Reading water has never been easy and learning to fine tune non-descript waters kicks it up another notch; challenging even the most accomplished anglers. There are no aps or programs that will cut the fat or lead to short cuts. The personal stoke and rewards of reading and discovering new productive waters are some of the most exciting and satisfying accomplishments any fish fisher can achieve. From what little I have learned from the past, and believe me I’m the first to confess the more time I spend on the water the more I realize what I don’t know, incognito sweet spots, many sandwiched in- between your favorite obvious waters or right under your nose, have proven, time and time again to be much more than secondary options. So whenever you’re favorite waters are not producing don’t hesitate to step out of the box and lace a few casts into some unappealing, unsuspecting non-descript water; chances are that smash-n-burn grab will alter your expectations.

Our local waters are currently experiencing mid-September levels and conditions, low. However we are fortunate Lewiston Lake and the upper reach TF is supporting cool water temperatures and a nice scoot of summer chinook and steelhead. Enjoy the Summer and Be Fire Safe!!!

Shallow flats are often ignored by the majority seeking obvious deep tanks-Dong Frogner on it and in him.

Shallow flats are often ignored by the majority seeking obvious deep tanks-Don Frogner on it and in him.

Related posts:

2 thoughts on “Non-Descript H2O’s (Now Ya See’em Now Ya Don’t)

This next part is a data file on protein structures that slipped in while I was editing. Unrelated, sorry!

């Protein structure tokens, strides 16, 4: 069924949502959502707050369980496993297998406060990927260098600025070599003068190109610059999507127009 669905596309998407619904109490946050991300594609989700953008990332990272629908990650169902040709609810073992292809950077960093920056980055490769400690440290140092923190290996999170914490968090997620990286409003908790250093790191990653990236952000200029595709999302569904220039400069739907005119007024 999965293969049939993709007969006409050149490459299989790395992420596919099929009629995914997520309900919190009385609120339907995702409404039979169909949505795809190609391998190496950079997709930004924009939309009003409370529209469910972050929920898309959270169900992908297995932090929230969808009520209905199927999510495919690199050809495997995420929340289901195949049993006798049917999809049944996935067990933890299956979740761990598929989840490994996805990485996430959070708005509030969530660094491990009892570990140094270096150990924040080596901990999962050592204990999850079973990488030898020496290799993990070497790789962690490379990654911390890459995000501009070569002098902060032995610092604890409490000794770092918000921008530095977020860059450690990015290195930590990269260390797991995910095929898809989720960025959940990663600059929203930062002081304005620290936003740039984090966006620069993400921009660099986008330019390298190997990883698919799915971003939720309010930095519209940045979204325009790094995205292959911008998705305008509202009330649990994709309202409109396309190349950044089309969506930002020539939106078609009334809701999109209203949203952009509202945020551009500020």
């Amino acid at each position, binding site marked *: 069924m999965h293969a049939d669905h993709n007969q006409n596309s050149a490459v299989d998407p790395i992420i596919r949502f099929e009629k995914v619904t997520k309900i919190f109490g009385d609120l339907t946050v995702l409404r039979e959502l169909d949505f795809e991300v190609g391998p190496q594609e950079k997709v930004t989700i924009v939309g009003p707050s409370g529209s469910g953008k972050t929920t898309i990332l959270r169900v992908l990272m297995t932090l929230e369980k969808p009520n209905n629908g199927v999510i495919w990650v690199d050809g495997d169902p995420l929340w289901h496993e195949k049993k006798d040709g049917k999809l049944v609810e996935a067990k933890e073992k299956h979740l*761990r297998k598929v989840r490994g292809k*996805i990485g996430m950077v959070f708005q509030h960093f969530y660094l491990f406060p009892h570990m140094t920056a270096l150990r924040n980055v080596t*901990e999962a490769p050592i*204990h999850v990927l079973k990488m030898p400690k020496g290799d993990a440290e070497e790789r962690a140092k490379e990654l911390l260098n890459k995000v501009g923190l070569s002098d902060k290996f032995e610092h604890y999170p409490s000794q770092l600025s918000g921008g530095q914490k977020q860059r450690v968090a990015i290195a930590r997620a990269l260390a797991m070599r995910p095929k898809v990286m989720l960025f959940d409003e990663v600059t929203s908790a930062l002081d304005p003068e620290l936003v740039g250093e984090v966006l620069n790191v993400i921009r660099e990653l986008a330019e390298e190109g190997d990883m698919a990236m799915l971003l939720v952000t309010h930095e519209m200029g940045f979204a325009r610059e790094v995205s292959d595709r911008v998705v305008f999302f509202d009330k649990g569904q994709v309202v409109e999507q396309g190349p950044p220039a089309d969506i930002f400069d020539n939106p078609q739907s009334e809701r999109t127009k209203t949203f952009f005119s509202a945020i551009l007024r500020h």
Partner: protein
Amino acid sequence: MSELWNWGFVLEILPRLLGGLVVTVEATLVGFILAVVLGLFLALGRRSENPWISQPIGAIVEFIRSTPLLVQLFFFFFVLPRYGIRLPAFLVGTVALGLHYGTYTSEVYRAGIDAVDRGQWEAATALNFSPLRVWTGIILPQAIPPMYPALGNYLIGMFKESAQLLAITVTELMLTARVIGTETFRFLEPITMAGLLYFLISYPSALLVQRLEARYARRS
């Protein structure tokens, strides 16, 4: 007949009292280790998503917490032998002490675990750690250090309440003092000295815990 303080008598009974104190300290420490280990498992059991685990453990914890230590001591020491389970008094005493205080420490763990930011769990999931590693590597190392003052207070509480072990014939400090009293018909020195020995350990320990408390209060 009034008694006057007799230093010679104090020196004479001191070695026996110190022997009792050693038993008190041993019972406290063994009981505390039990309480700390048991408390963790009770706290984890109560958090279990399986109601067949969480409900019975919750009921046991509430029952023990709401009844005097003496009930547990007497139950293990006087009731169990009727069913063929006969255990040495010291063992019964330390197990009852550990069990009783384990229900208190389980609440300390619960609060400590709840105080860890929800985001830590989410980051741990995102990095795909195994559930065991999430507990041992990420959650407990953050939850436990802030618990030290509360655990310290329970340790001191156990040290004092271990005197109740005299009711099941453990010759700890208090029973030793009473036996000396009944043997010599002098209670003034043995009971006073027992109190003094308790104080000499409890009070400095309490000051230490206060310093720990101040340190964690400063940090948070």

1. Simply put, Herb, you are a legend.

    I hooked my first steelhead on the Trinity about six years ago after stopping by your shop and picking your brain– my search for chrome became official.

    I’ve been up and down California and Oregon in search of new water for steelhead and what I continue to find is although “non-descript” waters are often times fruitless, the reward is tenfold compared to the standard shoulder to shoulder scene at the hatchery with forty other fishermen, or even the popular “secret hole” for that matter– it’s the difference between going to the Louvre and seeing the Mona Lisa and stumbling upon an undiscovered Picasso in your now ex-girlfriend’s grandmother’s attic. Thanks again for the inspiration.

    P.S. My most recent example of the “nondescript” phenomenon was an semi-alpine lake in Tahoe where I’d been fishing a perfect looking rocky point for a day and a half (see: lazy fisherman) only to walk 150 yds. in to the shallow water beach to hook and land the largest rainbow I’ve ever caught. I’ve never been bone fishing but I imagine the strike and subsequent fight is similar to my experience that day on the beach.

Leave a Reply

Your email address will not be published. Required fields are marked *

Time limit is exhausted. Please reload CAPTCHA.